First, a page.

organ complications including class IV lupus nephritis, moderate restrictive lung
disease, pleural effusion, and pericardial effusion.  at 199-206, R. at 195-202. She
was begun on immunosuppressant therapy.  at 201, R. at 197. Harris was
discharged after three weeks in stable condition.  at 204, R. at 200.
The primary physician coordinating Harris’s care is Dr. Kismet Collins, a
rheumatologist at Oschner, whom Harris has seen on a regular basis since her
diagnosis. The medical record indicates that since her hospitalization, she has had
problems with anemia, fatigue, headaches, abdominal pain, joint pain, depression, and
anxiety. Her nephritis has been stable, as has her shortness of breath.
On October 31, 2012, Dr. Collins provided a written statement summarizing
Harris’s medical history and prognosis. Dr. Collins explained that Harris was being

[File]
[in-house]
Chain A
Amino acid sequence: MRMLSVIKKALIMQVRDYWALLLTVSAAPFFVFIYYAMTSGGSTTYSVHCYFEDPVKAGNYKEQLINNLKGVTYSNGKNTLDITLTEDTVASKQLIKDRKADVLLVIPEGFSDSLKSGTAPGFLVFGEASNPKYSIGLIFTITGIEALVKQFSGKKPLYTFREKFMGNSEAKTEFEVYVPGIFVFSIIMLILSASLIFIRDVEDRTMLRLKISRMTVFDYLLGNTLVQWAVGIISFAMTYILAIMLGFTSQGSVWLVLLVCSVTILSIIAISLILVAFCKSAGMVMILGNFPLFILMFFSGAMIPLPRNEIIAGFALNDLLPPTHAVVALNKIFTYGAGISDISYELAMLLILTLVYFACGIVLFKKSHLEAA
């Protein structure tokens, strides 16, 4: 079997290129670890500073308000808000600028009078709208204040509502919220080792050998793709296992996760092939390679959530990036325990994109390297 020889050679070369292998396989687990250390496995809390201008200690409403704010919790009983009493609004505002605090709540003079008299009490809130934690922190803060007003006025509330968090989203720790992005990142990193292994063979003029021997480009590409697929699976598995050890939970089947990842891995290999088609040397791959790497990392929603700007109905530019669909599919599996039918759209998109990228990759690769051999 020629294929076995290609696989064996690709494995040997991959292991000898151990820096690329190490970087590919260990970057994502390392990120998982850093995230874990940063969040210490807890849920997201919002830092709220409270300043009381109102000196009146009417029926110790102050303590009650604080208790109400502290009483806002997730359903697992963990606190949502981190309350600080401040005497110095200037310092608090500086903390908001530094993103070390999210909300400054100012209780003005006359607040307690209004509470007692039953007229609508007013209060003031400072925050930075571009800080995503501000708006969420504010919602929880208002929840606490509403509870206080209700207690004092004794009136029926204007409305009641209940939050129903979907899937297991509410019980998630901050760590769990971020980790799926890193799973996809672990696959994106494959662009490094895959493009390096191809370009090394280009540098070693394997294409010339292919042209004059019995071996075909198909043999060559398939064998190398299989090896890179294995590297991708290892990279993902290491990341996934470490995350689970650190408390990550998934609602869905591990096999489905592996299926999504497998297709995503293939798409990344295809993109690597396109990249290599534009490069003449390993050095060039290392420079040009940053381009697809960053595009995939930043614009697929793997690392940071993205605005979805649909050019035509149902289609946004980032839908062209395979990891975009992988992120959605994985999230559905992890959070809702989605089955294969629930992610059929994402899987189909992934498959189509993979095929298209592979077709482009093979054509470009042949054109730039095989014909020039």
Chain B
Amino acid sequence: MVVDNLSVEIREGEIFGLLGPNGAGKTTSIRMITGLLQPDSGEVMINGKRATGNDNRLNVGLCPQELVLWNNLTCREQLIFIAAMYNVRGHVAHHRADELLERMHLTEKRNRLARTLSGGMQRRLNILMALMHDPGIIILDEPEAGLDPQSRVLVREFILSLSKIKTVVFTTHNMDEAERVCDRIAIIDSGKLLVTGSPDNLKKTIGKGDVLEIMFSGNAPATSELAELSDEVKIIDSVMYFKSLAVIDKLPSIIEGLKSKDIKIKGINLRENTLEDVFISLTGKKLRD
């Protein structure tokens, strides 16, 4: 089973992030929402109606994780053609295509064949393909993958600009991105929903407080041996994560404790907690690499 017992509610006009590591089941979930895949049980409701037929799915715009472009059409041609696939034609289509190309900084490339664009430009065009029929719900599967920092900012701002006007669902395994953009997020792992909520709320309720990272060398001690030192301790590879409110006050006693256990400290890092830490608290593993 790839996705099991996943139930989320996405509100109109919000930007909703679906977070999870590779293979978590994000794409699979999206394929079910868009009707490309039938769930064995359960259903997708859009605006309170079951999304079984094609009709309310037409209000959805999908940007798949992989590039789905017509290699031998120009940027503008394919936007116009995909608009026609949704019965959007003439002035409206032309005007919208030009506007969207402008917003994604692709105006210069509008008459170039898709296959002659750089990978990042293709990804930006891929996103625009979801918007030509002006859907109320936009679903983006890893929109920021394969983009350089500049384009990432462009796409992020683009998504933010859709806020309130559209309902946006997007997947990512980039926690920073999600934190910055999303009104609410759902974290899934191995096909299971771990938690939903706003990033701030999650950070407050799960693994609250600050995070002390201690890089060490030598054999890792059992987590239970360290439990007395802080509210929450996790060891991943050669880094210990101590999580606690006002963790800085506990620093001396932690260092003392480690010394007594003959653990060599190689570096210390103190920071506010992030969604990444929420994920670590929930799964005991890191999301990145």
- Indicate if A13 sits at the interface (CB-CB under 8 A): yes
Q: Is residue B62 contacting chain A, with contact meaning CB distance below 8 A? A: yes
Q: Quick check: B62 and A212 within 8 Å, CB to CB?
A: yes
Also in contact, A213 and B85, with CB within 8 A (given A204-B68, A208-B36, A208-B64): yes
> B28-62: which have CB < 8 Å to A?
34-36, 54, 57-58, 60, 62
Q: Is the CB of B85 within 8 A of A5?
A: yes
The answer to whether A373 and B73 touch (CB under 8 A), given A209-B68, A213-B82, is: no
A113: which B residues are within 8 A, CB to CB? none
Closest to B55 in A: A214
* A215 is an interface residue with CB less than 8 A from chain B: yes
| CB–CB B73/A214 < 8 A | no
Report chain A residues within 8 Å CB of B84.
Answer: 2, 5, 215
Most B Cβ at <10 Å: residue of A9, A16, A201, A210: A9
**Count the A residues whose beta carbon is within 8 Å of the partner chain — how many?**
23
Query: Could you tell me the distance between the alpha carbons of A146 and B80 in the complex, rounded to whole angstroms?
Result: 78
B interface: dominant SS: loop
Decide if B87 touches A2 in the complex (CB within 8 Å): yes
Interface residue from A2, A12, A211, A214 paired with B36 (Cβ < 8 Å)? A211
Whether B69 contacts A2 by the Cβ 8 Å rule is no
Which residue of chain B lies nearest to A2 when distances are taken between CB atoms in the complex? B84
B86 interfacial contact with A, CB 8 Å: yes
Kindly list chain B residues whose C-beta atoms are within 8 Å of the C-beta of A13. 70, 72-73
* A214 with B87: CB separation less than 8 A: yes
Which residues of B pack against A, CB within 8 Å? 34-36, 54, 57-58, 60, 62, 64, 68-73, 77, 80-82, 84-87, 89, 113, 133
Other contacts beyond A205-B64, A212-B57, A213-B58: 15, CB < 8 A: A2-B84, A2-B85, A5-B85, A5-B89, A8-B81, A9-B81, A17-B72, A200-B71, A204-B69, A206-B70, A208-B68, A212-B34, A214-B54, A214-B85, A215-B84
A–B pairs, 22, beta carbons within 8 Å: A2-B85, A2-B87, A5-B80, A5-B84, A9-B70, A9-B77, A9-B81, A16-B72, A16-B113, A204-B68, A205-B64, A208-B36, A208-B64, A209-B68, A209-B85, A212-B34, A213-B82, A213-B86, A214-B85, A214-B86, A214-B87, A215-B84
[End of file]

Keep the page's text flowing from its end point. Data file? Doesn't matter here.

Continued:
treated for SLE manifested by nephritis, pleuritis, pericarditis, severe anemia requiring
multiple transfusions, and thrombocytopenia.  at 384, R. at 380. She stated that
Harris is on immunosuppressive medications and antihypertensive medication. Id. Dr.
Collins described Harris’s medications as high-risk and stated that she is at risk for
relapse. Id. Specifically, Dr. Collins noted that Harris had developed profound
neutropenia in August of 2012, resulting in a temporary discontinuation of her
immunosuppressants. Id. Dr. Collins stated that Harris would at times be absent from
school because of regular doctor visits and blood work. Id. Dr. Collins characterized
Harris’s prognosis as guarded. Id.
Dr. Collins completed a lupus impairment questionnaire on July 19, 2013, in
which she described Harris’s primary current symptoms as abdominal pain, headache,